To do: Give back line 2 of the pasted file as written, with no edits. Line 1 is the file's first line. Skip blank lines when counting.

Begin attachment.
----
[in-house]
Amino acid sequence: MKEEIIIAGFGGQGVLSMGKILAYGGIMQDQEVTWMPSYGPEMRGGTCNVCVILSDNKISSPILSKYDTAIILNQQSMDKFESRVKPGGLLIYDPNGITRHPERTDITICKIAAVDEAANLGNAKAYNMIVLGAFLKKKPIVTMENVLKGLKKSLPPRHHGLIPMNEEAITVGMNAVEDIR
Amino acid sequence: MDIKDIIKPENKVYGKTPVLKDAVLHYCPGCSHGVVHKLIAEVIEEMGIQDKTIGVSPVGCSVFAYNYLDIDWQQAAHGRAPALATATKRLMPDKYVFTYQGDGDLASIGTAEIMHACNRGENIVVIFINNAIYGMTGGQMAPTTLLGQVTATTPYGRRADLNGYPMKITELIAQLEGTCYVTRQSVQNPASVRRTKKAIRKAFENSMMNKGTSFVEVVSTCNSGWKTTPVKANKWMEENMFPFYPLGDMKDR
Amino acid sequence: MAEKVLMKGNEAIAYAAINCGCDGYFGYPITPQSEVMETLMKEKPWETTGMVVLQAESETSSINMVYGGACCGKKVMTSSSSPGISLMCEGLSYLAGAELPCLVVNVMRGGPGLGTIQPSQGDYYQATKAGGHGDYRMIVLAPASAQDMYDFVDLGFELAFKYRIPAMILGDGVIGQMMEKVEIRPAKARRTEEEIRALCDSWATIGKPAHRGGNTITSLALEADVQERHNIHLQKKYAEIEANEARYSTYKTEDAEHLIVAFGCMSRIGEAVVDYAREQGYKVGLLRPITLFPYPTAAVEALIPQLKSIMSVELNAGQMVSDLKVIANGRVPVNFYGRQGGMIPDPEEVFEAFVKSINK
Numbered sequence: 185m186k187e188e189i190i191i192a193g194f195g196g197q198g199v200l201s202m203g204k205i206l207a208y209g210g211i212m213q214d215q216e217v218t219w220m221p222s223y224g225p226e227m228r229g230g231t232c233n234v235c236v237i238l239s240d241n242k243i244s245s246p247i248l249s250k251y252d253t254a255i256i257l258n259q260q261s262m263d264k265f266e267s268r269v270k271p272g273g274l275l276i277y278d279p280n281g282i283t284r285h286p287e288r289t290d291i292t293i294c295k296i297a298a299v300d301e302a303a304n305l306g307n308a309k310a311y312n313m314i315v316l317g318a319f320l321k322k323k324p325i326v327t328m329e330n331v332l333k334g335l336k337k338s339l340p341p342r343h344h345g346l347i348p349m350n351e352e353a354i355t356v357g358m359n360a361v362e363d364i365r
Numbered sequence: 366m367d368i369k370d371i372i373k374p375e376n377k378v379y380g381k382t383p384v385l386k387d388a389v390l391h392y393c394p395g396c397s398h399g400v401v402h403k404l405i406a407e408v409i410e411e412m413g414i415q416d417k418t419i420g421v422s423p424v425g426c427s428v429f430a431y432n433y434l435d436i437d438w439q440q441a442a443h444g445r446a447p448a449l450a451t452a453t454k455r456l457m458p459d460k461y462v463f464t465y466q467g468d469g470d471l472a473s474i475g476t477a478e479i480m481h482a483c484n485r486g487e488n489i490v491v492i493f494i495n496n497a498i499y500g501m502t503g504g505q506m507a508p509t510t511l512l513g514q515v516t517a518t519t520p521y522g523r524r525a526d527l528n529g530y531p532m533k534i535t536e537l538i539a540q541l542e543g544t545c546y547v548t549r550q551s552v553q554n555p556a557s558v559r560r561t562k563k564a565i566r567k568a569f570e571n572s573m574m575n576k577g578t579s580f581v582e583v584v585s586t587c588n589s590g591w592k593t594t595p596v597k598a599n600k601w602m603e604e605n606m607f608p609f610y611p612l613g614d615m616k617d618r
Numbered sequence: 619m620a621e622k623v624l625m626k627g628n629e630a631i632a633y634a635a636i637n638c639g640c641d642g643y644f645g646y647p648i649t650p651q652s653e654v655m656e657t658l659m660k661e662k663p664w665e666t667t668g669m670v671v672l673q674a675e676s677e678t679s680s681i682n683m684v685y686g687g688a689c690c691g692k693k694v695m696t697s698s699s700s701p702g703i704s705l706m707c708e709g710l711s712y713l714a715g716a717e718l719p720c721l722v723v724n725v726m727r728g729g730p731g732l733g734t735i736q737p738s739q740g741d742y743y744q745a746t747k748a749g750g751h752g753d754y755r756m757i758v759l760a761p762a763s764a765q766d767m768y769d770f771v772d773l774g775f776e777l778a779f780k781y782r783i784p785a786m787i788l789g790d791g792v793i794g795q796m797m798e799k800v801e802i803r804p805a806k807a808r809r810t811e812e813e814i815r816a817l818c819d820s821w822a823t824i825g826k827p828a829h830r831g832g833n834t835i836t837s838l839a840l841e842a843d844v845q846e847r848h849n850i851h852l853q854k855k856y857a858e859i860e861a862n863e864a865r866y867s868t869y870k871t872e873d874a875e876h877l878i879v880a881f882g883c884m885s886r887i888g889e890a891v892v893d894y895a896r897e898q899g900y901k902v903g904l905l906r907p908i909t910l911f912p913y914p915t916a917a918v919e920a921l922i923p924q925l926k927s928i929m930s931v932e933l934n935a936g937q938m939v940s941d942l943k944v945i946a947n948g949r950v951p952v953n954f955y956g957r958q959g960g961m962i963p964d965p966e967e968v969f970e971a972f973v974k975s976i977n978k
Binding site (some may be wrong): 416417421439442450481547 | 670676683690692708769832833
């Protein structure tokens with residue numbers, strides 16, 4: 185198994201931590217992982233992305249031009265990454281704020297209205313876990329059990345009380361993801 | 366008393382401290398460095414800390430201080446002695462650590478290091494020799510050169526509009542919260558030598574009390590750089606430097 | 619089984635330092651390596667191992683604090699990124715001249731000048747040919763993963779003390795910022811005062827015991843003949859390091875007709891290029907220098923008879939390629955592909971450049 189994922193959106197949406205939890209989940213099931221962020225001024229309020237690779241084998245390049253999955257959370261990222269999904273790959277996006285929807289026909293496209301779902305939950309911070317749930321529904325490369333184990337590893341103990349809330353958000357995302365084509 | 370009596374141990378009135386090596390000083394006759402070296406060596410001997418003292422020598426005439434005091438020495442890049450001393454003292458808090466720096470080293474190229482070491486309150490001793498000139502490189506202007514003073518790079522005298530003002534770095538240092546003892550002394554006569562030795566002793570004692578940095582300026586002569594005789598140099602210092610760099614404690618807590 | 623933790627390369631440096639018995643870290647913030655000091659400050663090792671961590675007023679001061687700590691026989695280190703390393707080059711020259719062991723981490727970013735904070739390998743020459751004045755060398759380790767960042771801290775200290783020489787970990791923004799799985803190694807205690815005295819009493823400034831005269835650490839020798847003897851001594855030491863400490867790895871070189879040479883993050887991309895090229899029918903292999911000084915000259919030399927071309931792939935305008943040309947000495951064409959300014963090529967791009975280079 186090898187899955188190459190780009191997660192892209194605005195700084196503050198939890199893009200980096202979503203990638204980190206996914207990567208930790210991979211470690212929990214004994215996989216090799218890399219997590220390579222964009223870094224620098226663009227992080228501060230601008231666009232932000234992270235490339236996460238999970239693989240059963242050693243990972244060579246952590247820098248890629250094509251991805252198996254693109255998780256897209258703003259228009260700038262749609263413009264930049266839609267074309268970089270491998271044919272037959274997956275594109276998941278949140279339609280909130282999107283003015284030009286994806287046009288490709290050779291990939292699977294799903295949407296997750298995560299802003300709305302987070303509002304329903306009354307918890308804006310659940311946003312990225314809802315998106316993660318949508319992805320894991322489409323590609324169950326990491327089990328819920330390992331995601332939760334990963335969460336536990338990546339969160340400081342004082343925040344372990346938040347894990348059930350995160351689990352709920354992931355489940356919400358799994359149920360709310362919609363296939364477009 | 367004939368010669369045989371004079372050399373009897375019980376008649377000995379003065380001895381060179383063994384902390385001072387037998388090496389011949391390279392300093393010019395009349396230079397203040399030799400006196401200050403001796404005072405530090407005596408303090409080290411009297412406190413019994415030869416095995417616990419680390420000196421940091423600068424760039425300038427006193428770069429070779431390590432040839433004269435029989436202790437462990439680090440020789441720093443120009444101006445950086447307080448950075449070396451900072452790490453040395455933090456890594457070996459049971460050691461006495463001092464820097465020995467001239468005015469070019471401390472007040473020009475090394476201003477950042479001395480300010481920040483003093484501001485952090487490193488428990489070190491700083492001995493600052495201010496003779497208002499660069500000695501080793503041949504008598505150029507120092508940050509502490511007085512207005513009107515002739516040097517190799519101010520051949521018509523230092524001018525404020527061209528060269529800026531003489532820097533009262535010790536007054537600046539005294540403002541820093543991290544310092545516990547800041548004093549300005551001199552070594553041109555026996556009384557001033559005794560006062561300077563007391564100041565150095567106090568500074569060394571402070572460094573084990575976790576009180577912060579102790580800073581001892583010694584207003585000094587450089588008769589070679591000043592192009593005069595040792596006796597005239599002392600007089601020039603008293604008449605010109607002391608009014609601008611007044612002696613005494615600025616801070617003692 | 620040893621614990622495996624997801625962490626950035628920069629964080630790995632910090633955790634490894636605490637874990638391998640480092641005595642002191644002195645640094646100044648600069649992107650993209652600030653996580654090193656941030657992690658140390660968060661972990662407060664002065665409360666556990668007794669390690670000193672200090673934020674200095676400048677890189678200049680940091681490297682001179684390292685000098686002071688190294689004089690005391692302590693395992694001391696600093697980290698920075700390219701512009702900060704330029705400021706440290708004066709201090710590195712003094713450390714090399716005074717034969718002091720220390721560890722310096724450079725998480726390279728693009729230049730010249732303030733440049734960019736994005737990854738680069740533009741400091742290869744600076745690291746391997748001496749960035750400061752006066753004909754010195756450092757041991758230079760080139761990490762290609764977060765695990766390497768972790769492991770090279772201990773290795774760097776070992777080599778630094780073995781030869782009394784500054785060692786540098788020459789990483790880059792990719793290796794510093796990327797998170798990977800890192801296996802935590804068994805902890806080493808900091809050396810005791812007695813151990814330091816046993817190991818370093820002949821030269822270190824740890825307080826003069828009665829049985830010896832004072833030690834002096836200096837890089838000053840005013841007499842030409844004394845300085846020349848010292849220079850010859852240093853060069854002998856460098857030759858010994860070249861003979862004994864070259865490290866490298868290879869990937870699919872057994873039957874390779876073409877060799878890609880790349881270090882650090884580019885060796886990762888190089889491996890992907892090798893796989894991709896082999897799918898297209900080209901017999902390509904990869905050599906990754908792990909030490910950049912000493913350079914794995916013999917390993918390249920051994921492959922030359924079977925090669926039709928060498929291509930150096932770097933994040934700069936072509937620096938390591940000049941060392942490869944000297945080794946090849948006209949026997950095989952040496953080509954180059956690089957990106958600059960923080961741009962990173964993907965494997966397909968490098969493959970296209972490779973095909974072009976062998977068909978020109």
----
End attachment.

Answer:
Amino acid sequence: MKEEIIIAGFGGQGVLSMGKILAYGGIMQDQEVTWMPSYGPEMRGGTCNVCVILSDNKISSPILSKYDTAIILNQQSMDKFESRVKPGGLLIYDPNGITRHPERTDITICKIAAVDEAANLGNAKAYNMIVLGAFLKKKPIVTMENVLKGLKKSLPPRHHGLIPMNEEAITVGMNAVEDIR